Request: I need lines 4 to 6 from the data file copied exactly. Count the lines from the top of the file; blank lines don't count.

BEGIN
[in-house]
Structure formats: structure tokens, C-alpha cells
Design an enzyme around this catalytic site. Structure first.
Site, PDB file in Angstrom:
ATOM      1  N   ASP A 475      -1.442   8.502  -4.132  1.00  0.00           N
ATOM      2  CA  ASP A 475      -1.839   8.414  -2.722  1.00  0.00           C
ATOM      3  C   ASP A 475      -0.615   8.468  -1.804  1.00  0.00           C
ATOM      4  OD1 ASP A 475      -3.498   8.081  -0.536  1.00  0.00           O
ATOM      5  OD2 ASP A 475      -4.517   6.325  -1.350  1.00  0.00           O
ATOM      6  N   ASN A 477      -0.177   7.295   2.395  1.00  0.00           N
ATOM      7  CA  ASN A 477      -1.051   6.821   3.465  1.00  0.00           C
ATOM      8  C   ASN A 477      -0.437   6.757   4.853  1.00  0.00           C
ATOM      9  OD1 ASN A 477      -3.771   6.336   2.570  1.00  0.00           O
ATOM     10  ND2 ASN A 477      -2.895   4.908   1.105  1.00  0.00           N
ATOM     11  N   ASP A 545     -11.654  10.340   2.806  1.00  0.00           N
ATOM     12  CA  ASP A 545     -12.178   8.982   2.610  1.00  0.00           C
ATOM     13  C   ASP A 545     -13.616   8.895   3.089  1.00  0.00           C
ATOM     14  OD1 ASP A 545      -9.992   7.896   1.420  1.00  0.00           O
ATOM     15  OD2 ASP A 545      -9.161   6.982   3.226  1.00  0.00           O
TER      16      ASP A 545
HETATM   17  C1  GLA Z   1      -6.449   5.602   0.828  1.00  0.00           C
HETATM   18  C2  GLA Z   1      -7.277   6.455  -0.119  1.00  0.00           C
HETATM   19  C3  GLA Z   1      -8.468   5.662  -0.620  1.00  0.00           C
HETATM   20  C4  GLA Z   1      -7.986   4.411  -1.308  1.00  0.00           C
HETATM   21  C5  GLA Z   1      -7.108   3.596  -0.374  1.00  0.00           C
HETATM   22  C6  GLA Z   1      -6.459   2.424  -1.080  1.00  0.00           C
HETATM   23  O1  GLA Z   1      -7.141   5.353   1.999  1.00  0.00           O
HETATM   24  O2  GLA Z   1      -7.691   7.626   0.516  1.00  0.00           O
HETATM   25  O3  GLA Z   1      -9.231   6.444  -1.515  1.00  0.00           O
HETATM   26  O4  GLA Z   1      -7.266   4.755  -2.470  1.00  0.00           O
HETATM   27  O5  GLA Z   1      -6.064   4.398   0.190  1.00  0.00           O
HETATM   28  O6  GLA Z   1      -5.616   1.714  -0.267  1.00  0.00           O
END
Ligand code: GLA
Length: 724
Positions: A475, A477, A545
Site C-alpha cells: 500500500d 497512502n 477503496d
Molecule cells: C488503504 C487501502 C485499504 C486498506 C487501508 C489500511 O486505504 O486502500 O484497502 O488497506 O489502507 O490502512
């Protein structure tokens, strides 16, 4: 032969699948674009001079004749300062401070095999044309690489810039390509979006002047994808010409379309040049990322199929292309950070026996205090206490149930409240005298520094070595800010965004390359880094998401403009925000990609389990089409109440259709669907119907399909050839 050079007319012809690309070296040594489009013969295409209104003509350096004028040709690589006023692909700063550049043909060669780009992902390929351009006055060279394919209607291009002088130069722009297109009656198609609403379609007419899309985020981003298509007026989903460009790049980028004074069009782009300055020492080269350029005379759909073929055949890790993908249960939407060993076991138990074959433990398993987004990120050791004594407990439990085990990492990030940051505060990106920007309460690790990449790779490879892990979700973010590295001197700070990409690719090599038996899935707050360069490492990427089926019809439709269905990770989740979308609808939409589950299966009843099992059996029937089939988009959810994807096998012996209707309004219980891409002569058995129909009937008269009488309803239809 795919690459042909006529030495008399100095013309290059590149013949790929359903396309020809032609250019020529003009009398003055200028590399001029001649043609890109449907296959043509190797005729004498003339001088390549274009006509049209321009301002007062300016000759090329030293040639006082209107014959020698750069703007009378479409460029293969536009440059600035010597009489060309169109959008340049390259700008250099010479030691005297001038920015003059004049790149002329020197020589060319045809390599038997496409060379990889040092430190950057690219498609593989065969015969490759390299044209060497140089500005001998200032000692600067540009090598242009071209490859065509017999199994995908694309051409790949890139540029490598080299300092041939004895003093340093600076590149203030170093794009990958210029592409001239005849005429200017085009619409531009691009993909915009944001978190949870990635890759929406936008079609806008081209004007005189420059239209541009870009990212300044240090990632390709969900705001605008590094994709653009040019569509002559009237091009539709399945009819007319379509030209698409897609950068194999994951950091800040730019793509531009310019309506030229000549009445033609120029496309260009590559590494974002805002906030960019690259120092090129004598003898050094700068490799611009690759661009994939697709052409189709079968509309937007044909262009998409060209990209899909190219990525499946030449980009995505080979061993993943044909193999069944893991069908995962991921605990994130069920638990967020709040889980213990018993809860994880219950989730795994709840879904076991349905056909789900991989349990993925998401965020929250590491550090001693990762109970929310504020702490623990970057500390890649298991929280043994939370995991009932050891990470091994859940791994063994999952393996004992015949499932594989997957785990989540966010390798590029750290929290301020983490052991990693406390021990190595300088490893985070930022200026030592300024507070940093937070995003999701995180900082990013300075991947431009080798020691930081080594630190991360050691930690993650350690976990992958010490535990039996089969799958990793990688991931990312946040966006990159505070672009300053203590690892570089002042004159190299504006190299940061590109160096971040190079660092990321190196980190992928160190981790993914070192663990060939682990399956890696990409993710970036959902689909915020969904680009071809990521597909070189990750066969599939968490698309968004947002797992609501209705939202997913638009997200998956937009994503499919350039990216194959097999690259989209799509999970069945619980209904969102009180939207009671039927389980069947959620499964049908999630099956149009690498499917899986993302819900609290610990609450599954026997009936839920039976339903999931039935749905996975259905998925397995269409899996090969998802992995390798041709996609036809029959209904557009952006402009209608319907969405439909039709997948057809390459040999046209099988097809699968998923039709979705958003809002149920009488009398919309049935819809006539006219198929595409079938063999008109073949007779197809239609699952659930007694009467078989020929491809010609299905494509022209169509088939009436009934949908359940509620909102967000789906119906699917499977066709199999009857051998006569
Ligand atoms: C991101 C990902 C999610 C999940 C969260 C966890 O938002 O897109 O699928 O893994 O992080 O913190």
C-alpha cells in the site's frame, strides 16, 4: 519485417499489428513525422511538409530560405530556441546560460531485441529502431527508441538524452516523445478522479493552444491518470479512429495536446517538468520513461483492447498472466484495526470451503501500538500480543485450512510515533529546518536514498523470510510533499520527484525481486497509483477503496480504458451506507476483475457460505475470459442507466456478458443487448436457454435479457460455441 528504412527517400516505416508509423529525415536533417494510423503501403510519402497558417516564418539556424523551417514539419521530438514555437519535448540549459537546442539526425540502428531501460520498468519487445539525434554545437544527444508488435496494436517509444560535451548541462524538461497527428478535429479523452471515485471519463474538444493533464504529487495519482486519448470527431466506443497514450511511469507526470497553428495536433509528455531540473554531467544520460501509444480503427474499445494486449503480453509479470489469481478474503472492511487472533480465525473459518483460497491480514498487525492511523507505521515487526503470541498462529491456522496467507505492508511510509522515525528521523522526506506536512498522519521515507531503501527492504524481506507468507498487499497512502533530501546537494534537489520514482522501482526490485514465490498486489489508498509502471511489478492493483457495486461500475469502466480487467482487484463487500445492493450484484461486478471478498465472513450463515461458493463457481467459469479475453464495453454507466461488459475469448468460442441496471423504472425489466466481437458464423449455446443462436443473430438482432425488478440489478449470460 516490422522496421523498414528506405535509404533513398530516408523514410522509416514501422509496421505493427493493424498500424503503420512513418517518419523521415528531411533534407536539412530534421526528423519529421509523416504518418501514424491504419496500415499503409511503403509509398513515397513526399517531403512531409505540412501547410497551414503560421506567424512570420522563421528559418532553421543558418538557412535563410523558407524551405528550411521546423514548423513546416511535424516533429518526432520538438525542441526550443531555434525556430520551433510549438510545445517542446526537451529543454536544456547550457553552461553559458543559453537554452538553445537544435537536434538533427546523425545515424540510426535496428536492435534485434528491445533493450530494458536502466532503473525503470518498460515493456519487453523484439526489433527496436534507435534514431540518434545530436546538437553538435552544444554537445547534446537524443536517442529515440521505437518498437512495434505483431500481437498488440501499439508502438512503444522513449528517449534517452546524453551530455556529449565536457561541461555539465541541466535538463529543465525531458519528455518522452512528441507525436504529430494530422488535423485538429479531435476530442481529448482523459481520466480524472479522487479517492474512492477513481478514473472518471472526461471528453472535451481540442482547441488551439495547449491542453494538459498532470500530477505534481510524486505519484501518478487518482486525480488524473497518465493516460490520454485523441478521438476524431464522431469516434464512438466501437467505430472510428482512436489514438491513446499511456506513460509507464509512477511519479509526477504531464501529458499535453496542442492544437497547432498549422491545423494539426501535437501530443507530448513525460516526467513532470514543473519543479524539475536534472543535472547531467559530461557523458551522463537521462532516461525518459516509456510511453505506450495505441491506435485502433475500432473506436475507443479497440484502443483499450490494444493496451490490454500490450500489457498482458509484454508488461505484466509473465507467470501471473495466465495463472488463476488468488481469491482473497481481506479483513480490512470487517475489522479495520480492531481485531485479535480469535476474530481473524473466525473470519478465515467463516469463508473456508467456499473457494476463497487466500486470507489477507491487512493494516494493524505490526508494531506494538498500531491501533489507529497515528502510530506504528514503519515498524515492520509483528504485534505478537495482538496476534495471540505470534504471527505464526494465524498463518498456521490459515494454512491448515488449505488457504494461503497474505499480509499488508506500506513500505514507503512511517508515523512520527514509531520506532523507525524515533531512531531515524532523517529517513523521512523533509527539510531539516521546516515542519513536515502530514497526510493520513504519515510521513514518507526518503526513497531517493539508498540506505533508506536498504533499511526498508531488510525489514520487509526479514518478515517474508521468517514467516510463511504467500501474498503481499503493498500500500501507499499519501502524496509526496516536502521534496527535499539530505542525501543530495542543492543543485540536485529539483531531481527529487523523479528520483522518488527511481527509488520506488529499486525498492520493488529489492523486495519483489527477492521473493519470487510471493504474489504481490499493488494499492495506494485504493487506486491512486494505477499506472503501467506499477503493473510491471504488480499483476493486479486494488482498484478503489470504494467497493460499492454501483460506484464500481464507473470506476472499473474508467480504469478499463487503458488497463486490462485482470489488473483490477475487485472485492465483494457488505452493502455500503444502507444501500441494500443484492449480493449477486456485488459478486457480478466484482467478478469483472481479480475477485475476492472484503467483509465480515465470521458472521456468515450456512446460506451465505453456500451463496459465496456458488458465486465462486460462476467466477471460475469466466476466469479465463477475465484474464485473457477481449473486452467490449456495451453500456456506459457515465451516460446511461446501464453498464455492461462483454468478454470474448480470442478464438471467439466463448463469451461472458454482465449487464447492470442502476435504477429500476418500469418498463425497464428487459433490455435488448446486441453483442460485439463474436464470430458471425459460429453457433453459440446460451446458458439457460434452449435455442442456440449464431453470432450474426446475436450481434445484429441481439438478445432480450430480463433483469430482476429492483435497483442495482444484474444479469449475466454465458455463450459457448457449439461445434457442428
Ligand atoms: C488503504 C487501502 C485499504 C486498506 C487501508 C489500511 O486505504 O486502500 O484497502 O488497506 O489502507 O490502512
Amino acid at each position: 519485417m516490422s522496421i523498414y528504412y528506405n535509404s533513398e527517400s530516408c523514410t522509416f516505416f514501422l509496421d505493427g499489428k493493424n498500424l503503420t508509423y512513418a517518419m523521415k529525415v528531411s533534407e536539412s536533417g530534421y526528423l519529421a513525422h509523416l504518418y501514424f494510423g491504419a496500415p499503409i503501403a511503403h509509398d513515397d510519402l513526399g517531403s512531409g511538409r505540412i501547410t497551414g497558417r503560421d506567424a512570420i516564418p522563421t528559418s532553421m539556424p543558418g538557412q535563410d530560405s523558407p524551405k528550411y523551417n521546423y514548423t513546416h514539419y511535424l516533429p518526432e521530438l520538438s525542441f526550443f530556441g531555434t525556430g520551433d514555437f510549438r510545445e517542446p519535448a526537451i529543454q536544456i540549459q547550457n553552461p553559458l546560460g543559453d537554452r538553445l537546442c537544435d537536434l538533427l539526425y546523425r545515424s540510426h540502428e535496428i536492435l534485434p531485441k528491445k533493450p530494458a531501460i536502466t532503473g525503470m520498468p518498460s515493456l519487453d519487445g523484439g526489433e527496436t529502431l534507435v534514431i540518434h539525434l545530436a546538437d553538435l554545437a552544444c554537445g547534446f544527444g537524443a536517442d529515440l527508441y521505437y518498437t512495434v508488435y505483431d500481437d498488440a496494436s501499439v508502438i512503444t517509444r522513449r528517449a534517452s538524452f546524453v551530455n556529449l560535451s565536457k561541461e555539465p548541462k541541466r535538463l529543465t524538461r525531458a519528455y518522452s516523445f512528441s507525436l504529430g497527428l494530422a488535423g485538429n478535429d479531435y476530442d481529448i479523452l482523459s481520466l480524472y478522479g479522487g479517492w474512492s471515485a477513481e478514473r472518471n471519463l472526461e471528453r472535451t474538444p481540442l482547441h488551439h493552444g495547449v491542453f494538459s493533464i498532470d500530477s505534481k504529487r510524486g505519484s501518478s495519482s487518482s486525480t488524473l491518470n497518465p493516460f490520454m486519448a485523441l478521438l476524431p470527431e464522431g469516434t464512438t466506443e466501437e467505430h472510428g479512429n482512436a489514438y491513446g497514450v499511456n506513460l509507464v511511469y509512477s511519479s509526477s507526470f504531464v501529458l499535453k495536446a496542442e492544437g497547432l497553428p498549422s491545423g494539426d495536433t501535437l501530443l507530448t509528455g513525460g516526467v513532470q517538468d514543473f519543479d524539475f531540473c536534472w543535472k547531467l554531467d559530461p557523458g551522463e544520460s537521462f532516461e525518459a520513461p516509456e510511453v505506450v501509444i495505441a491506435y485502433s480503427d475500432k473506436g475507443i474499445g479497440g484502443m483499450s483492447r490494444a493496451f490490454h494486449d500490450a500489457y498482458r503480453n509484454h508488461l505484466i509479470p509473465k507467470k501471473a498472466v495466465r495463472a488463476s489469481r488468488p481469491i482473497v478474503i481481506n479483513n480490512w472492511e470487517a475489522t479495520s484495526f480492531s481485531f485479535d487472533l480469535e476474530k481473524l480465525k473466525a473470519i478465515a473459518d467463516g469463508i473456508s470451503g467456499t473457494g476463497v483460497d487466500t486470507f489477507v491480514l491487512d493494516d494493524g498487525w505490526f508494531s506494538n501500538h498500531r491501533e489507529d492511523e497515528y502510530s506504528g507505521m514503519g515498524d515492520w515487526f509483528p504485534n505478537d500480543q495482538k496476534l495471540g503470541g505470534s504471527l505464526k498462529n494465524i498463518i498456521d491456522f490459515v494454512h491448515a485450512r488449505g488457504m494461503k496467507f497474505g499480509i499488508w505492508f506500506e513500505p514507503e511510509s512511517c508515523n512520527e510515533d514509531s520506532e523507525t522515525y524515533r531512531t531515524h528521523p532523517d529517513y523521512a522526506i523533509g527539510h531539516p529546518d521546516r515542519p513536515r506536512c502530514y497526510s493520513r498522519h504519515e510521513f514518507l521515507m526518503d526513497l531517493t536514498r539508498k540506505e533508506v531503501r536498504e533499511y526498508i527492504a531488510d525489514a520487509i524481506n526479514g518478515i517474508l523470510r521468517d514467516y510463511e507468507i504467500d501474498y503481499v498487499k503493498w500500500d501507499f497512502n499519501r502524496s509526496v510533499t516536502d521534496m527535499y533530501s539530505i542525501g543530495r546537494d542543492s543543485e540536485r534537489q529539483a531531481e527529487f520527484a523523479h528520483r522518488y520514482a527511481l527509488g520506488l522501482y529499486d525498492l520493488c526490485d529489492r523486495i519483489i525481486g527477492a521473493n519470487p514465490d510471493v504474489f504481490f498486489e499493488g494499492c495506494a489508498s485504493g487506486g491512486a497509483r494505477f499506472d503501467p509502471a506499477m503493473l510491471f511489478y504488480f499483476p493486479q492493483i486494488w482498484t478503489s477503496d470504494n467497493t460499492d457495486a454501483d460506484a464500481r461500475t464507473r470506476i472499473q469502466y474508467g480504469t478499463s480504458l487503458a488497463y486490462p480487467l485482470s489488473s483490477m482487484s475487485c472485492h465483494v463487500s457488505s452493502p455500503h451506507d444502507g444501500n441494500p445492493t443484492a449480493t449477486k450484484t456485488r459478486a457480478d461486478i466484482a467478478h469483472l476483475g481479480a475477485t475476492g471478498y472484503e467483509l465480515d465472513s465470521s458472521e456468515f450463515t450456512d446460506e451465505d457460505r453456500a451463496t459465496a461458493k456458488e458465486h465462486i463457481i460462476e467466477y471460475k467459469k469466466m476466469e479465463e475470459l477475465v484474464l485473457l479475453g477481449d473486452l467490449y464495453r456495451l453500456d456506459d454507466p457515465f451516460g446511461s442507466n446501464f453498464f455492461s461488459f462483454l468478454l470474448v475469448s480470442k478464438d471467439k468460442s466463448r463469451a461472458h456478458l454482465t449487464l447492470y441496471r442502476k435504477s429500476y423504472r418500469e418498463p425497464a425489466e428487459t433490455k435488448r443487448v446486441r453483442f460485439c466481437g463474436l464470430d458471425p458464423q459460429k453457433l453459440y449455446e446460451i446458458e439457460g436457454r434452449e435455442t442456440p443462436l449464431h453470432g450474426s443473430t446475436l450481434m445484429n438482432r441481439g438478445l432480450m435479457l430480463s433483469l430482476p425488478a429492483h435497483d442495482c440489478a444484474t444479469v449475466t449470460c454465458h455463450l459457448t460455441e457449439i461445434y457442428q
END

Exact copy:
Site, PDB file in Angstrom:
ATOM      1  N   ASP A 475      -1.442   8.502  -4.132  1.00  0.00           N
ATOM      2  CA  ASP A 475      -1.839   8.414  -2.722  1.00  0.00           C